The local Mormons justified their conquest of the land and people with the common Euro-American settler-colonial myth that the indigenous Paiutes were not properly utilizing the land. Though manifestly untrue—nineteenth-century Euro-Americans simply did not recognize the Kaibab Paiutes’ foodways and agricultural and hunting practices—the sting of that myth has not been forgotten. After the U.S. government created the Kaibab Paiute reservation on May 28, 1909, the people resolved to never let their natural resources be wasted or depleted now that they had land designated specifically for Kaibab Paiutes. Minerals and wildlife were the natural resources originally focused on for preservation and compensation when harmed or exploited by outside parties. This conservationist attitude extended to the night sky when the Kaibab Paiute become aware of how light pollution threatened their natural skies, and by 2015, every light in the 250-person community was modified to be night sky friendly.

Celestial observation was a part of many Great Basin mythologies, and the Kaibab Paiutes were no exception. One myth, called Mountain Sheep in the Sky, is about how the three large stars that may make up Orion’s belt are three mountain sheep being chased westward by a Sheep Trailer who shoots the middle sheep.  Other versions of the myth exist with a blind man named Puiat as the hunter, different animals such as antelopes, and even a tale of conflict between beings like Coyote and Mountain Lion. Another tale about the same constellation describes a wife perpetually chasing after her baby and two husbands who left her since she did not work hard enough to satisfy the family. Roland Maldonado, Tribal Chairperson, and Daniel Bulletts, Environmental Program Director, in 2015 spoke of how preserving their night skies would restore value to the traditions of celestial observance.  The night skies provide a backdrop for teaching younger generations stories about culture or lessons in morality, and Thunder Mountain Pootseev Nightsky has chosen to defend that educational tradition for their heritage and ecological conservation.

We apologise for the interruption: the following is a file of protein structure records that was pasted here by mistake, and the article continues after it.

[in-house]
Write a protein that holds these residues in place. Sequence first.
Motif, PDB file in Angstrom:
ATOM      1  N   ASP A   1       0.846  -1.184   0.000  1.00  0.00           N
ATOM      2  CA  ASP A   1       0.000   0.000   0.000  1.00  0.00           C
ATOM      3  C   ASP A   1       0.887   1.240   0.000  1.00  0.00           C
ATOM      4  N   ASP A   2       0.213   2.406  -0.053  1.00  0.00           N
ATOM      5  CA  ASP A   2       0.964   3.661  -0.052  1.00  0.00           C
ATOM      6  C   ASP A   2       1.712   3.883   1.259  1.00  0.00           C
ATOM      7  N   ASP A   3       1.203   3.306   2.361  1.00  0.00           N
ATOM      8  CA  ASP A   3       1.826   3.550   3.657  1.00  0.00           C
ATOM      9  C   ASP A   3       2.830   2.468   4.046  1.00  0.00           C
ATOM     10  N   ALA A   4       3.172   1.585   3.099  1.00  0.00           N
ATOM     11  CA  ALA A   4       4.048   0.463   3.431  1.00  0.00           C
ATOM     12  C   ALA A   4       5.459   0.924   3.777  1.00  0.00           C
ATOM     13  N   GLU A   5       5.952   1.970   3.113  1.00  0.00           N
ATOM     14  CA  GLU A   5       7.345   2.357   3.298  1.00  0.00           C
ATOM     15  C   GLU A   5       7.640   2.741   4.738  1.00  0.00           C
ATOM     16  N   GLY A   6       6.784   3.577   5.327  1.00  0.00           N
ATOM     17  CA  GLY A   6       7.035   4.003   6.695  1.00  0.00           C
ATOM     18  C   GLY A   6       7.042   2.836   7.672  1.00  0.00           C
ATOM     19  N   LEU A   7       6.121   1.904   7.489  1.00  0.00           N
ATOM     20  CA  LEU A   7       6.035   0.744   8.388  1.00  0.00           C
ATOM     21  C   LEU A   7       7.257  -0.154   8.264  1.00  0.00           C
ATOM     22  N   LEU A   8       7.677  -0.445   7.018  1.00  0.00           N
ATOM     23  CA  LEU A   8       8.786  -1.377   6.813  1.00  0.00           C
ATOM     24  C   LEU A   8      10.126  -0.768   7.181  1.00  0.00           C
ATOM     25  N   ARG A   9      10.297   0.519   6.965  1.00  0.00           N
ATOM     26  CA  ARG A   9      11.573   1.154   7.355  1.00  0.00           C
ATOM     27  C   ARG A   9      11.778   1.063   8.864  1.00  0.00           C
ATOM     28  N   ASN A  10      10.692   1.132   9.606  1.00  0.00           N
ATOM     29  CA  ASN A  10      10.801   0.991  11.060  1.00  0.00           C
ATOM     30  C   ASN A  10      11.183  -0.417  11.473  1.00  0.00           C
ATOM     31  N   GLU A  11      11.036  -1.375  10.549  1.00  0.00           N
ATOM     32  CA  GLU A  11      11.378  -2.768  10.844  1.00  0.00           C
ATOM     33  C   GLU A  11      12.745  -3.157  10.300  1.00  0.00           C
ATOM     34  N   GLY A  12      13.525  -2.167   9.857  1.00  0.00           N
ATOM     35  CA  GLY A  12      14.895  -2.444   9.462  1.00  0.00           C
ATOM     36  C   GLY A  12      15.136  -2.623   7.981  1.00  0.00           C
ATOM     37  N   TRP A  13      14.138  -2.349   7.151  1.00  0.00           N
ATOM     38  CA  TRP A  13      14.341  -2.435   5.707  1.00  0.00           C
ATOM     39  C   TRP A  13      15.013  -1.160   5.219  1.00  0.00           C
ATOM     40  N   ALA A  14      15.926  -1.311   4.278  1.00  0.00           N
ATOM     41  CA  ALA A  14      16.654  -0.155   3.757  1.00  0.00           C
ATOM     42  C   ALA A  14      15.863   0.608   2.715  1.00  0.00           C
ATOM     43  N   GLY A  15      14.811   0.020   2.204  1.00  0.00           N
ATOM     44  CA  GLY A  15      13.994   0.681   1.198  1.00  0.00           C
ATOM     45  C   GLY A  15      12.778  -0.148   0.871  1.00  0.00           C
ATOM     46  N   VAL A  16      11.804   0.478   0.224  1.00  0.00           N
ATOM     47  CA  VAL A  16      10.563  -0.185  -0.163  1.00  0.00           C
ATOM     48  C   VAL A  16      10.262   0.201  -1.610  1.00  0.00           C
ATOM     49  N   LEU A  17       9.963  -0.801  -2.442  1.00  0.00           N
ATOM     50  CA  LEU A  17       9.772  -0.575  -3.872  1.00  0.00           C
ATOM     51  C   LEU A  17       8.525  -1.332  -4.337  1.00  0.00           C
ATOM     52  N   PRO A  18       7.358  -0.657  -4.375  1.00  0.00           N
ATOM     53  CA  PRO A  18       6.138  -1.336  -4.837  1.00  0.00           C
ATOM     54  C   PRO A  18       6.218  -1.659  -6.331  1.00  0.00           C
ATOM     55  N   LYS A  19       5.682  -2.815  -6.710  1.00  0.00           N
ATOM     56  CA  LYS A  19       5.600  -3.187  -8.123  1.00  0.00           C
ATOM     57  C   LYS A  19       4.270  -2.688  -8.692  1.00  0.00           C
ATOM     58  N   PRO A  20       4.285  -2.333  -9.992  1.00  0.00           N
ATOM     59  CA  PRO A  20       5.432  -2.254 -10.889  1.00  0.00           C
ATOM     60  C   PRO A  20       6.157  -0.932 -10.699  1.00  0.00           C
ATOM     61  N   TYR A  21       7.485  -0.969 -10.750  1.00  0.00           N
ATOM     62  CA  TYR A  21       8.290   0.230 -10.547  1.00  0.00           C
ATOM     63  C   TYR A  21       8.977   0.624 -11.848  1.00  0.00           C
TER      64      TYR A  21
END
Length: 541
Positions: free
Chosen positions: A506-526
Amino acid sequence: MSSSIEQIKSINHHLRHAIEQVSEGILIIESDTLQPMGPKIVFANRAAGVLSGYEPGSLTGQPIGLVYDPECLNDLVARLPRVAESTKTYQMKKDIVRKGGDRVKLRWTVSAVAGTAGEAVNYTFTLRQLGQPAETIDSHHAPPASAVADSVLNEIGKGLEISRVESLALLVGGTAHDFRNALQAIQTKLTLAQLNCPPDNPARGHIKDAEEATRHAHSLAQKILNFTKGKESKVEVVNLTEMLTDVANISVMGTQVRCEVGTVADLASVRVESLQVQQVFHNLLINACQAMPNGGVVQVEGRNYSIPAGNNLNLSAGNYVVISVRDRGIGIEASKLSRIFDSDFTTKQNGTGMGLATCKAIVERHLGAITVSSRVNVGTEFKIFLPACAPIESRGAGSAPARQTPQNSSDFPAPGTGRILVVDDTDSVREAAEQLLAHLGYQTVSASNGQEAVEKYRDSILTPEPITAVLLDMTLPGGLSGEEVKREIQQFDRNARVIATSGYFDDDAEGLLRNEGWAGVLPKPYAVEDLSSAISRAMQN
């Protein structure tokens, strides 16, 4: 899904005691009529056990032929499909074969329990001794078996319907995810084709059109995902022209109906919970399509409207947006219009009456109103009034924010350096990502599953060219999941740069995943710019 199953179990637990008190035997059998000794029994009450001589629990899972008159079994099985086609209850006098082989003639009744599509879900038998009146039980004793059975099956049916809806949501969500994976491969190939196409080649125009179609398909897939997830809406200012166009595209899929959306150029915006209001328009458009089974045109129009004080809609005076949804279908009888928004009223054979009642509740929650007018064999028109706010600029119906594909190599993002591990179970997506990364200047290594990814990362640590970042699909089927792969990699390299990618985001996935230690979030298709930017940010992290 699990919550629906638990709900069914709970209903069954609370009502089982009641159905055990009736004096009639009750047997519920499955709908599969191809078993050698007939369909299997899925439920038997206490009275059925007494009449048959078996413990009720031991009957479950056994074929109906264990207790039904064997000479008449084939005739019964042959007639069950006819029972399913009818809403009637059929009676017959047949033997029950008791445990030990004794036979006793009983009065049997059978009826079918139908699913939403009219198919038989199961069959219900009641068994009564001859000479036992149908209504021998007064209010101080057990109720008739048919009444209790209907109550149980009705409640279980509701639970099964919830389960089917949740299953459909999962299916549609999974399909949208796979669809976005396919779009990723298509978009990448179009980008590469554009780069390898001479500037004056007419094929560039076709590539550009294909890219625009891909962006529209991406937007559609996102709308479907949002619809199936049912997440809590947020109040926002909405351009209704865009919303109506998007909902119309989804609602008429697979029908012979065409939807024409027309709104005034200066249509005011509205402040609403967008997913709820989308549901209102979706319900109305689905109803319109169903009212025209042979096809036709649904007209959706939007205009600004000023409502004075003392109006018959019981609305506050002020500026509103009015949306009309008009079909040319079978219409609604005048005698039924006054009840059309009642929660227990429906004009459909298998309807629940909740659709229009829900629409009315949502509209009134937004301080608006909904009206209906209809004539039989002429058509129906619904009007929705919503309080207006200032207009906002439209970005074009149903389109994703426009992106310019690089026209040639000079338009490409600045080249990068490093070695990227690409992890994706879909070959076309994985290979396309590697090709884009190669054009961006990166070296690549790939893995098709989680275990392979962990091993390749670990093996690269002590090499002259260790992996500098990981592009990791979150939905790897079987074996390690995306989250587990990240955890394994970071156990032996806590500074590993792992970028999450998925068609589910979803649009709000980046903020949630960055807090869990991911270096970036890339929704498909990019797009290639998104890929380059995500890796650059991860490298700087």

Night sky over Kaibab
Night sky over Kaibab Pipe Spring National Monument, also a Dark Sky place, lies within the Kaibab Indian Reservation. The monument is under the jurisdiction of the National Park Service, who currently collaborates with the Kaibab Band of Paiutes to promote Kaibab Paiute history and culture in public events for visitors, such as the campfire star party celebration in the image. Source: Courtesy of the National Park Service. Creator: National Park Service
Kaibab Indian Reservation
Kaibab Indian Reservation This map shows Arizona, a close-up of Mohave County, and Kaibab Indian Reservation highlighted in red. Source: “Mohave County Incorporated and Unincorporated Areas Kaibab Highlighted.” Arkyan (pseud.), also known as Shereth (pseud.?), March 26, 2007. Wikimedia Commons (CC BY-SA 3.0). Creator: Arkyan (pseud.), also known as Shereth (pseud.?)
Kaibab from the sky
Kaibab from the sky A view of Kaibab Indian Reservation from the air. Source: “Kaibab Indian Reservation, Arizona/Utah border, USA.” Raam Dev, January 22, 2013. Via Flickr (CC BY-NC-SA 2.0). Creator: Raam Dev


406 N Pipe Spring Road, Fredonia, Arizona 86022


Emma Svenson, Northern Arizona University, “Dark Sky over Thunder Mountain Pootseev Nightsky,” Intermountain Histories, accessed February 28, 2024,